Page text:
16 Supporting SOLA SSA management teams and Blended Learning Advisors: Hold regular meetings with co-ordinators and then assist as required – may be a ‘light touch’ or full Moodle design service Observe learners in SOLA sessions and report back on them Run participation reports to ensure students are attending, accessing SOLA and completing work and liaise with personal tutors on results Meet and get feedback from students at regular ‘learner voice’ events Have strong presence during induction and early sessions to make SOLA a routine part of learning Conduct action research into effective blended learning and plan regular CPD weeks for learning technology development.

17 Evaluating SOLA We are just about to launch a SOLA Quality Framework Written in conjunction with the College’s Quality Standards Unit The framework uses a Bronze / Silver / Gold standards system Every course will be audited by the SOLA team next month A grade report highlighting best practice and recommending further development will be given to the SOLA co-ordinator This will allow us to identify and disseminate excellent practice and plan future CPD events.

18 Positive advocacy for blended learning 11% improvement in success rates last year £250k savings in year 1 for HWC

19 Reflection and discussion How does the SOLA programme compare to the FELTAG response in your organisation?

20 Finally, practice…. A look at some of the blended learning curriculum designs developed and implemented by the SOLA co-ordinators and the Blended Learning Advisors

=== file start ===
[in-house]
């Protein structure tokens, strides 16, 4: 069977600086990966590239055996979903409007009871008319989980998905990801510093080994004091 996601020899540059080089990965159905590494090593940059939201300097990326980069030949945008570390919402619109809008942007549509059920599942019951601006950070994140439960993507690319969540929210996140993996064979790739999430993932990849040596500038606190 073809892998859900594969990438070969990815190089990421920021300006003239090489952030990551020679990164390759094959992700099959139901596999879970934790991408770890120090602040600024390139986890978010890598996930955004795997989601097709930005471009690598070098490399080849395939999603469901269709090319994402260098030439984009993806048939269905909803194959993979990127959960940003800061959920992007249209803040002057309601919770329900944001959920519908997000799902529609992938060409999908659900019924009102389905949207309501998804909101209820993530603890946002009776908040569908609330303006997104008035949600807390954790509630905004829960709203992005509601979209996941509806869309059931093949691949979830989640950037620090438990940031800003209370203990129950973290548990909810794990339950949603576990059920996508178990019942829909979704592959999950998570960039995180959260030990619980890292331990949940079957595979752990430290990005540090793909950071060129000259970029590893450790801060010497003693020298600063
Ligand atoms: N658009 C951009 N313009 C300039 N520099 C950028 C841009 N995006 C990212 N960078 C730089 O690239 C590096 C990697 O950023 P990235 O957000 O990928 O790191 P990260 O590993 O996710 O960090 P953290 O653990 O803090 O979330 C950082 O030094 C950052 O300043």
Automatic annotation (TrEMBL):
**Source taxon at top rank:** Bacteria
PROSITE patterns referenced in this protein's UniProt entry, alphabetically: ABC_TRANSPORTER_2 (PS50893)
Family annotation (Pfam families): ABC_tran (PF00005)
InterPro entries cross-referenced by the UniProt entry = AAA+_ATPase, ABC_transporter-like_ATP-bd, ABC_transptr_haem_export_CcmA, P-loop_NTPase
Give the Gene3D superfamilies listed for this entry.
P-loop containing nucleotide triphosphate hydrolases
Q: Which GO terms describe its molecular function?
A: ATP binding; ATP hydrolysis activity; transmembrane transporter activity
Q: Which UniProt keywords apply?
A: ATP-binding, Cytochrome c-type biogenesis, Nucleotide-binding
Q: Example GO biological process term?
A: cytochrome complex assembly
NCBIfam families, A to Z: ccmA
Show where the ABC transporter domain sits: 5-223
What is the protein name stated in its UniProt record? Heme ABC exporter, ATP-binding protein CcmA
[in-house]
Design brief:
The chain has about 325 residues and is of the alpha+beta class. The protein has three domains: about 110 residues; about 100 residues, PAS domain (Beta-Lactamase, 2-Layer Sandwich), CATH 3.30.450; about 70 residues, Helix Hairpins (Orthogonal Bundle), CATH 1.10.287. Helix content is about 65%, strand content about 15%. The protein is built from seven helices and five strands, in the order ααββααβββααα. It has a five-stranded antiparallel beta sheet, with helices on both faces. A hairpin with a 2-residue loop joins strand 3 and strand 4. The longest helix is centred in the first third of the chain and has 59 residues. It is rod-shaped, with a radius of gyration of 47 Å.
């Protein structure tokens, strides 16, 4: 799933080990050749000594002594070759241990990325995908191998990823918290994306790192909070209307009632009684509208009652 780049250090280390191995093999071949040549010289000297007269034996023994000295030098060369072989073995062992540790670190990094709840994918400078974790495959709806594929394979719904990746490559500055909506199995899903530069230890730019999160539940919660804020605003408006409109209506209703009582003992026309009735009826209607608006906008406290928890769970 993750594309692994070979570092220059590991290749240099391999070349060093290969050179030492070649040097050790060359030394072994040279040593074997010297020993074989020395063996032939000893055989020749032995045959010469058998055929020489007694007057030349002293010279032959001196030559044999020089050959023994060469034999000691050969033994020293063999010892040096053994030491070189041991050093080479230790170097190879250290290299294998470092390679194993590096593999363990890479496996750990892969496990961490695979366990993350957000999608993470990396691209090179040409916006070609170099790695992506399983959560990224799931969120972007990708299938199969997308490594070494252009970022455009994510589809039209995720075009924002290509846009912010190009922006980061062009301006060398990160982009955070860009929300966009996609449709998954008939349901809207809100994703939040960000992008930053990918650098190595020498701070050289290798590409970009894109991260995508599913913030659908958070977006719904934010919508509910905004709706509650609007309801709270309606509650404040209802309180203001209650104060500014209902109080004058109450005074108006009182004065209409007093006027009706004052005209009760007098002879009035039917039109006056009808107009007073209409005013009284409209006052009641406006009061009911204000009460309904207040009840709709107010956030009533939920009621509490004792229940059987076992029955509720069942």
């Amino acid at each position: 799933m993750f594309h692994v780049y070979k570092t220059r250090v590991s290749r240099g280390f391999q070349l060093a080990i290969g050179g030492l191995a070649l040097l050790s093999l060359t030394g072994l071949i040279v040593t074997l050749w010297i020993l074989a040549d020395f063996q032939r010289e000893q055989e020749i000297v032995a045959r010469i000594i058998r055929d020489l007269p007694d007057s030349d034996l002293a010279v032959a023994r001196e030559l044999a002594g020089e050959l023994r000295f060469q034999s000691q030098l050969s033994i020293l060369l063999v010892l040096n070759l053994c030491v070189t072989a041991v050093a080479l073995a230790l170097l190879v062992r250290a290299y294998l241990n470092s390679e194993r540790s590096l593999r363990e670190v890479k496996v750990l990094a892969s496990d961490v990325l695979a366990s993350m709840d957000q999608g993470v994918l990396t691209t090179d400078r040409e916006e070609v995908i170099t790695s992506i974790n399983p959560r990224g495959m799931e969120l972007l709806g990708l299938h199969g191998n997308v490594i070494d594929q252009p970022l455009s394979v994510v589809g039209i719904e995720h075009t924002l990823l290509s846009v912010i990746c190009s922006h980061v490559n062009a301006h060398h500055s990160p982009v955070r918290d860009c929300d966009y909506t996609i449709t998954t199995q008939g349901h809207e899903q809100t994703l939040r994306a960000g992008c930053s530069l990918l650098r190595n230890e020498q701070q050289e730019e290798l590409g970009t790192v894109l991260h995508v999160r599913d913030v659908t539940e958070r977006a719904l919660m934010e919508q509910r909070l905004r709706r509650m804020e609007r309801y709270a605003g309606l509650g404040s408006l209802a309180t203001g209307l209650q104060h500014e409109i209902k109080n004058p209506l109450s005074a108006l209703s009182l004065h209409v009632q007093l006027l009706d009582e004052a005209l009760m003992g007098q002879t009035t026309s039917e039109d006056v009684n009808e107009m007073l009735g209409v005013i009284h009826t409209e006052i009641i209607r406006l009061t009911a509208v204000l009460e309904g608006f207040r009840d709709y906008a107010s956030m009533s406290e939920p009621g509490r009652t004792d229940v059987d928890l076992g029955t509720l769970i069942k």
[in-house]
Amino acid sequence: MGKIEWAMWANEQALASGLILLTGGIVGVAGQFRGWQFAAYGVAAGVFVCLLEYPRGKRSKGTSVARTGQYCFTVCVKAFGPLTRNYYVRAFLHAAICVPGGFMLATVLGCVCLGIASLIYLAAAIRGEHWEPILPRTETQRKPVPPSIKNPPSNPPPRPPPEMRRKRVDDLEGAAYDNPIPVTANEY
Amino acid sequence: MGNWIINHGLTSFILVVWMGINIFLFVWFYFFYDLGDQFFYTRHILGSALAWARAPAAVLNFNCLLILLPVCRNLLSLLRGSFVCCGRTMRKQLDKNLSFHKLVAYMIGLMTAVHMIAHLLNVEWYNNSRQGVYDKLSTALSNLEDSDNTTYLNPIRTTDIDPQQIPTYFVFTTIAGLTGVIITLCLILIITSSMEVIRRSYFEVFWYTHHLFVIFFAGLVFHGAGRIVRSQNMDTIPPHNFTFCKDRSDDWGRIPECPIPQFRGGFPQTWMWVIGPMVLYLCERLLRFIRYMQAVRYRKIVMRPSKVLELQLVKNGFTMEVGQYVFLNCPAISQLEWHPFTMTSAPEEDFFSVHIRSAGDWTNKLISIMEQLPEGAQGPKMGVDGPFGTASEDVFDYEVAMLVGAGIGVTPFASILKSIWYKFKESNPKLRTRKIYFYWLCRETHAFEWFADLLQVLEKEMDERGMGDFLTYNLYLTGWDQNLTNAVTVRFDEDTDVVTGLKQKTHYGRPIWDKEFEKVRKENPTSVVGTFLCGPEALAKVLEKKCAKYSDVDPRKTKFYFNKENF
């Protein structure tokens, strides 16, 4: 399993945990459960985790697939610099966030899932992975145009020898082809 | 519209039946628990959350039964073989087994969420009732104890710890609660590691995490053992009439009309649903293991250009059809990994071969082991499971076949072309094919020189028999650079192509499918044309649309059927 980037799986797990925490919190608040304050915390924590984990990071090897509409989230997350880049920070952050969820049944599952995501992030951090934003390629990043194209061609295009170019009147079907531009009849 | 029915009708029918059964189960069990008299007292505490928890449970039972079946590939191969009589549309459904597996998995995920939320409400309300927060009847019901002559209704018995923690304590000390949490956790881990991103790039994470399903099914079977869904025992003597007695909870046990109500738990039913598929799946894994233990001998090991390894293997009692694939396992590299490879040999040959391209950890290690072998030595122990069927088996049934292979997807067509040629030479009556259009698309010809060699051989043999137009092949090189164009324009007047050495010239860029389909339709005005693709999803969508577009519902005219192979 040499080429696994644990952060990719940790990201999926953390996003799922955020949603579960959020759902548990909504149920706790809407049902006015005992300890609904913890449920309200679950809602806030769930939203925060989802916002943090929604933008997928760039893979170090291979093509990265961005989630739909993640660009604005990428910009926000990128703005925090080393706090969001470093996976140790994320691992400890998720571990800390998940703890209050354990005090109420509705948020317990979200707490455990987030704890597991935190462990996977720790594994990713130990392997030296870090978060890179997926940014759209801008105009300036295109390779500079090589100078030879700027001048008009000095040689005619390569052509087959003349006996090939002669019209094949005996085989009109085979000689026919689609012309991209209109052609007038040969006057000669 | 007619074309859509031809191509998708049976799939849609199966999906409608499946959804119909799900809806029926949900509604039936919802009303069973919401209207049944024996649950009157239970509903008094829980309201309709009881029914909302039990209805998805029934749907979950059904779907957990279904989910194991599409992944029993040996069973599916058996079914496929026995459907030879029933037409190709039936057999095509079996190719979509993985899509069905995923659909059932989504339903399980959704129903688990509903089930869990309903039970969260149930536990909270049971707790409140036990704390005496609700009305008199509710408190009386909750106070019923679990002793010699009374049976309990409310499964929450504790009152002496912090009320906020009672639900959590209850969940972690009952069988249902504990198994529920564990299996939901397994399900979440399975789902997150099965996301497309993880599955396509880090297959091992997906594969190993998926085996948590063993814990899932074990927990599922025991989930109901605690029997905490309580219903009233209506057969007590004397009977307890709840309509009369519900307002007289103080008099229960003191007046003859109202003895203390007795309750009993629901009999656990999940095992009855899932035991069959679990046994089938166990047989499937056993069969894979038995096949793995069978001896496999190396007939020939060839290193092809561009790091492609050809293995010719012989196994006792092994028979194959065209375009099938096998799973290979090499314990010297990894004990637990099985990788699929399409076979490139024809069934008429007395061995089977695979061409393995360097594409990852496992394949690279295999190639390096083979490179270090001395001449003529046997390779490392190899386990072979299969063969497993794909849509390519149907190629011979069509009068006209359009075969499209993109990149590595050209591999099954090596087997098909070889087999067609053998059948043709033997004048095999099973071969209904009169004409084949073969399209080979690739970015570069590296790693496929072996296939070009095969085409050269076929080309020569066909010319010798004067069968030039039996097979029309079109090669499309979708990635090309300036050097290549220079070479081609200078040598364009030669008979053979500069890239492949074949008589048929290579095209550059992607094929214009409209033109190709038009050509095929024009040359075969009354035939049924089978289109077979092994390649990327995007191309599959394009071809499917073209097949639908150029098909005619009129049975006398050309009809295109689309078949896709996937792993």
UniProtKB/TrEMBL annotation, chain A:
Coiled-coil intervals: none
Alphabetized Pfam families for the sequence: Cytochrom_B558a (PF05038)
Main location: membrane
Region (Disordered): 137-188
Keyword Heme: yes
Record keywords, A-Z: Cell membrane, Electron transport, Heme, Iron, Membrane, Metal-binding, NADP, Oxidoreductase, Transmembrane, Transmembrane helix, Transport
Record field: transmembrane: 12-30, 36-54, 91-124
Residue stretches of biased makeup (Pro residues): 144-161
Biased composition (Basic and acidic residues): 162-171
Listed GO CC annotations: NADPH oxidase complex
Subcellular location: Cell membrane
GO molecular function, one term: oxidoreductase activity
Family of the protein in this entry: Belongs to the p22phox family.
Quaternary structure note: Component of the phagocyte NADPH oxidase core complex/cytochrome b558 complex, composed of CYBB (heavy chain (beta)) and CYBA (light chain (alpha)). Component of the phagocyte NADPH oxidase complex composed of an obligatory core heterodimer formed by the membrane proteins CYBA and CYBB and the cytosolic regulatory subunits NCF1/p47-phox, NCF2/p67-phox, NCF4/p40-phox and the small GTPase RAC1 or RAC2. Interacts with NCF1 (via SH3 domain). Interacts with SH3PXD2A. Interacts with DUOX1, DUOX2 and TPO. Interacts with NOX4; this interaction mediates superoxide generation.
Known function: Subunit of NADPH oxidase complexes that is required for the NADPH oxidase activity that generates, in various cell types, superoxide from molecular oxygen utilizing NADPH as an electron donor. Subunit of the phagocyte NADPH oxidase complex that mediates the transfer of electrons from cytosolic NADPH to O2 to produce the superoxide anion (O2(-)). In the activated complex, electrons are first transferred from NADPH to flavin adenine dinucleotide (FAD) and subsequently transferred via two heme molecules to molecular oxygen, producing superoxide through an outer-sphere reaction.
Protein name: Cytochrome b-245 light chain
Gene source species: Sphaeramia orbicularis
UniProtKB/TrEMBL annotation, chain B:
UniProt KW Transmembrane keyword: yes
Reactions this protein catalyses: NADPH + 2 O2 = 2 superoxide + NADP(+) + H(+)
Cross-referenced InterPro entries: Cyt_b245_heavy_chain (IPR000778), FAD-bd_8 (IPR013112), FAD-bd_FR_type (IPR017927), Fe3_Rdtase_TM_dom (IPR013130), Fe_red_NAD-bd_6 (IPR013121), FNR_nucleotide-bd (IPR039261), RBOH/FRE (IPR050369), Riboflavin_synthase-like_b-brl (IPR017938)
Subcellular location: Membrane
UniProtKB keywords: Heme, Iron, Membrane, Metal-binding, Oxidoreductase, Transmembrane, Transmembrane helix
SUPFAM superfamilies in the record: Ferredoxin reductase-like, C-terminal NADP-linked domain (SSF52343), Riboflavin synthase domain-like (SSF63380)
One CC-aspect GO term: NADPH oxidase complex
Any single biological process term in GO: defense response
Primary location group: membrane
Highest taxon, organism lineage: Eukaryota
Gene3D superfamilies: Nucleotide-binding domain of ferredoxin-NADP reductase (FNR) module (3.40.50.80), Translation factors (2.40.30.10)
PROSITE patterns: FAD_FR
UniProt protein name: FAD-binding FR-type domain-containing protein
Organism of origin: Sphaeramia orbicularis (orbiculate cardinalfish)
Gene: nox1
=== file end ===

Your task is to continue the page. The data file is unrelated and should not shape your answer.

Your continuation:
21 Examples of SOLA courses The design of each course is entirely determined by the practitioner who is the co-ordinator. This person will be a specialist in that subject area. A range of delivery models have been developed for SOLA: - Whole unit model: entirely delivering 1 course module - Curriculum-aligned model: supporting delivery alongside a face-to-face component - Project-based model: end-of-year show in Art and Design - Revision model: towards an external exam e.g. Hair and Beauty - Delivering 1 aspect of a course: reflective portfolio or placement logging in Care/Early Years - Launching another activity: to set up a visit or externally assessed module e.g. LJ create.

22 Whole unit model Curriculum-aligned, using the flipped classroom model

23 Delivering and assessing one aspect of the curriculum – reflective journal

24 Closing questions / comments? For further information on the SOLA programme or blended learning contact Peter Kilcoyne

Download ppt "‘Unpacking’ the FELTAG report: Research, Development & Practice Lynne Taylerson."

Similar presentations

Ads by Google